Pharmacy is confronted by a spate of vital government reviews, says PSA national president Joe Demarte
Last month, while PSA was preparing its response to the Review of Pharmacy Remuneration and Regulation (King Review) Discussion Paper yet another Federal Government health reform paper quietly arrived and slipped below the radar without much media attention.
The Medicare Benefit Schedule (MBS) Taskforce Interim Report is another piece of the growing jigsaw of health reform happening in Australia.
Other parts of the jigsaw include the MBS Taskforce Review, the Medicare Health Care Homes initiative, the Review of Medicines and Medical Devices Regulation chaired by Emeritus Professor Lloyd Sansom AO – and the Federal Government’s response – and the My Health Record trials.
Not to forget the biggest of them all for pharmacists – King Review and its Discussion Paper.
They are all interrelated and represent the most significant proposed changes to the health system in our lifetime. With all this change happening we need to focus on where our profession will sit in all this.
First however, some comment on the MBS Review interim report. It highlighted a range of reforms and cost-saving measures, including the need to optimise high-value care and minimise low-value care.
It is part of a clinician-led review of all 5,700 items on the Medicare Benefit Schedule (MBS) and included consultation with more than 2,000 health professionals and patients across stakeholder forums, written submissions and an online survey.
According to the health Minister, Sussan Ley the MBS Taskforce’s interim report is designed to provide an update on consultations and what Australian patients and health professionals think about current Medicare-funded health services. Further consultation will be undertaken as individual MBS items are identified for removal or rule changes.
Ms Ley also said – and this is where all of the pieces of the review/report jigsaw start to fit together – the MBS Review, combined with the Medicare Health Care Homes and My Health Record, aimed to cut down on low-value use of MBS items through a greater focus on integrated care and stronger rules, education and compliance.
The present Review of Pharmacy Remuneration and Regulation by Professor Steven King, Bill Scott and Jo Watson can be added to these. While it is more directly related to pharmacy, it should not be forgotten that Professor King and Minister Ley have repeatedly pointed out that the review’s purpose is to identify how pharmacy can operate in the best interests of consumers and of public health.
When looking at all the bigger picture and trying to see where all of these reports and reviews fit, it is useful to take a step back and try to look at the whole thing not from a purely pharmacy or pharmacist perspective, but from the wider perspective of – how should government and the Australian health sector shape itself to provide the healthcare Australians need in the coming decades?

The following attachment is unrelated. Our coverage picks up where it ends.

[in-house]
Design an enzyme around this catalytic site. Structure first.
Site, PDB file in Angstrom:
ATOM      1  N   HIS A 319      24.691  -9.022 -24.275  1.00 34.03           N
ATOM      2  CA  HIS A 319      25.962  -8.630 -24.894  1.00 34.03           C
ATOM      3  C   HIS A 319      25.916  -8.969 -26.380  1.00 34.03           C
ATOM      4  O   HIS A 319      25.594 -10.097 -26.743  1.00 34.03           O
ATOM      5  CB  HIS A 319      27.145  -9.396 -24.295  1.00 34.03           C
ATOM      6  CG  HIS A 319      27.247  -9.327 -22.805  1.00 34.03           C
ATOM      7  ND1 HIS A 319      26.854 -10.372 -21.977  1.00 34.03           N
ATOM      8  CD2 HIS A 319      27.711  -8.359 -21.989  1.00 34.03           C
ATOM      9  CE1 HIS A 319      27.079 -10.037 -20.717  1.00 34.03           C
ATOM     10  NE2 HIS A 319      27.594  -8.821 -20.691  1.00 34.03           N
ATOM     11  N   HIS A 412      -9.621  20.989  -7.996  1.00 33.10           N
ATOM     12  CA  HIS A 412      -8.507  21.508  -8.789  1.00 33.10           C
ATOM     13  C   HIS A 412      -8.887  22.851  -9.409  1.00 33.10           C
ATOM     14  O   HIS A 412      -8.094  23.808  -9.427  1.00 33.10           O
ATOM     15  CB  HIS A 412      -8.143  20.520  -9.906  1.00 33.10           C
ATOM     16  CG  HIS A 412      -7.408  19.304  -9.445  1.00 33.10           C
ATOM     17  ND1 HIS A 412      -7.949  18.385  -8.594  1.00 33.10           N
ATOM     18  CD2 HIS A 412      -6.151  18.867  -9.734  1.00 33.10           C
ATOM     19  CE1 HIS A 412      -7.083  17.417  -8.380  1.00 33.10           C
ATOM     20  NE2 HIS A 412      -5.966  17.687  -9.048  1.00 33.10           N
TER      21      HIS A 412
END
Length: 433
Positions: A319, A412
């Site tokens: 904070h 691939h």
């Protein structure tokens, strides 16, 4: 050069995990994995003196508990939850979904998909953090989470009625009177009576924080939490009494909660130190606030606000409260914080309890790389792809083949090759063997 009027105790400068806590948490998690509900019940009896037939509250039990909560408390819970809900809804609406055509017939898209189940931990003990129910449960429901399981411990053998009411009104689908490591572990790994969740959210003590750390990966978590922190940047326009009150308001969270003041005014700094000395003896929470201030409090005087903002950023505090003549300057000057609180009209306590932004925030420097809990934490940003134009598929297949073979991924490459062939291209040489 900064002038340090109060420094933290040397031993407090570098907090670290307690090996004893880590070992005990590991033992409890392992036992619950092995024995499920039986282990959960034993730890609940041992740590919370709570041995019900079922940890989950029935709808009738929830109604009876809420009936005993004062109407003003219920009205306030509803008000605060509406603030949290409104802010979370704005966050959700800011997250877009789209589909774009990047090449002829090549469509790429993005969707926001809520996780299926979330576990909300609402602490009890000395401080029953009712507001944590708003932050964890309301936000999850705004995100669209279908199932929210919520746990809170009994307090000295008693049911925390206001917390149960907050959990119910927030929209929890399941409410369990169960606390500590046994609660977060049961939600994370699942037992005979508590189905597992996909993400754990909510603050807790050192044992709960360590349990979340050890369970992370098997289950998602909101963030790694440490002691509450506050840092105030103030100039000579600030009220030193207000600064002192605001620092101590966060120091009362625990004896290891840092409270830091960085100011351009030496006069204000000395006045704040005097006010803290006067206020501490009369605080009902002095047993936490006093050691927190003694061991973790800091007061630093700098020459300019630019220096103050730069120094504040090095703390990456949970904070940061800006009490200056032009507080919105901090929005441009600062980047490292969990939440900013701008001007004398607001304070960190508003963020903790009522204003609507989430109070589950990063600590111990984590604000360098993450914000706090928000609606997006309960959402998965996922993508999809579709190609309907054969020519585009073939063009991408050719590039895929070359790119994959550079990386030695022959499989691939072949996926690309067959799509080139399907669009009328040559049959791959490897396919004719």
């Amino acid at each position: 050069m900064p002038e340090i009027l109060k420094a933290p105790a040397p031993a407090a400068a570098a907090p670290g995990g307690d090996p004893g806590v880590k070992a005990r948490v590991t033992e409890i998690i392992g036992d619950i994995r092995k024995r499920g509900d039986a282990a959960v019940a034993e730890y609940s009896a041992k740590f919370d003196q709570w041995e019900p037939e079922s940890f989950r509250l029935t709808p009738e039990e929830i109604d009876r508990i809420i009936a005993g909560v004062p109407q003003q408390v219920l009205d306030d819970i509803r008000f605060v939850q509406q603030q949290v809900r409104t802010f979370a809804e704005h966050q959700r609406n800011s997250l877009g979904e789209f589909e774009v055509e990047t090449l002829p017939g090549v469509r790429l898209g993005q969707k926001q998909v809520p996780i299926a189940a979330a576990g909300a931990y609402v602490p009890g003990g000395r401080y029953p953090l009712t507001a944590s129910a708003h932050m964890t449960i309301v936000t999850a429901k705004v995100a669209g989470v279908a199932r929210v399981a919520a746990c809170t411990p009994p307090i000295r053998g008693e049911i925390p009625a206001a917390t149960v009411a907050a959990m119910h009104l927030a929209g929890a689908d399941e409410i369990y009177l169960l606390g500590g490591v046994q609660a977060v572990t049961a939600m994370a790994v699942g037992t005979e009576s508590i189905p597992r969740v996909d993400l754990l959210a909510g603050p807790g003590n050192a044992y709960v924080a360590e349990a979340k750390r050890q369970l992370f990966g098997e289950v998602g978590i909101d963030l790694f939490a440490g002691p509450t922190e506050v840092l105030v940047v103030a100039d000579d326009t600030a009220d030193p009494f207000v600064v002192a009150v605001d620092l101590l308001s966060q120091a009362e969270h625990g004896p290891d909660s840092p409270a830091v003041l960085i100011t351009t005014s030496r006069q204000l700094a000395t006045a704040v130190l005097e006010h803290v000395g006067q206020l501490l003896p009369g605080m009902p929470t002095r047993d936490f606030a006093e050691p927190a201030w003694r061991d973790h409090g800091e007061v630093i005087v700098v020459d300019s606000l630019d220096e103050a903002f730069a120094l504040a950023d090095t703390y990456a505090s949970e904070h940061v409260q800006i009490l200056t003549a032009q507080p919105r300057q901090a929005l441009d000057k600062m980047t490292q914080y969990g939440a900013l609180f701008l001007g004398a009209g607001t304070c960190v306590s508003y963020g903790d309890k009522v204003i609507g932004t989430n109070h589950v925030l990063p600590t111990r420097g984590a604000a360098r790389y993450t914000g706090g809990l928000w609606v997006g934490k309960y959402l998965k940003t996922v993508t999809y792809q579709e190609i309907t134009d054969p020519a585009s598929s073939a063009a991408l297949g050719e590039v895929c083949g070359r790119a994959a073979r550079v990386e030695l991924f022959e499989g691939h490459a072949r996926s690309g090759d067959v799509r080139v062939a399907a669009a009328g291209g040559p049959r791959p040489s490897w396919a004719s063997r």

The plain truth is that of all of these reviews and reports are searching for solutions to that simple question. This has to be the starting point for pharmacy when responding to all of these reports and reviews.
PSA is determined that pharmacists will be an integral part of the solution.
In the case of the MBS Review, PSA believes it is an important opportunity to improve outcomes for patients with chronic diseases by optimising the contribution of pharmacists in multidisciplinary care teams and primary health care settings.
Pharmacists can play an active role in strengthening evidence-based health policy, services and payment systems, to deliver better health outcomes for consumers.
PSA recently called on the Government to ensure that pharmacists’ skills were maximised and highlighted the integral role pharmacists can play in national healthcare reform including:
- Ensuring the Health Care Homes initiative is appropriately funded and based on best practice, evidence-based models of care which utilise pharmacists
- Exploring interprofessional collaboration, particularly between General Practitioners and pharmacists, for Australians with chronic and complex conditions
- Involving pharmacists in Residential Aged Care Facility (RACF) teams to reduce medication misadventure, medication error and resulting medication-related hospital admissions
- Supporting culturally-responsive pharmacist care for Aboriginal and Torres Strait Islander people to improve medication adherence and reduce chronic disease
- Investing in preventive health programs delivered through the highly-accessible network of community pharmacies, including immunisation and smoking cessation services.
PSA has also urged the Government to commit to ensuring that Australian community pharmacies remain viable and accessible hubs of preventive and primary health care.
All of these services are well within a pharmacist’s current scope of practice.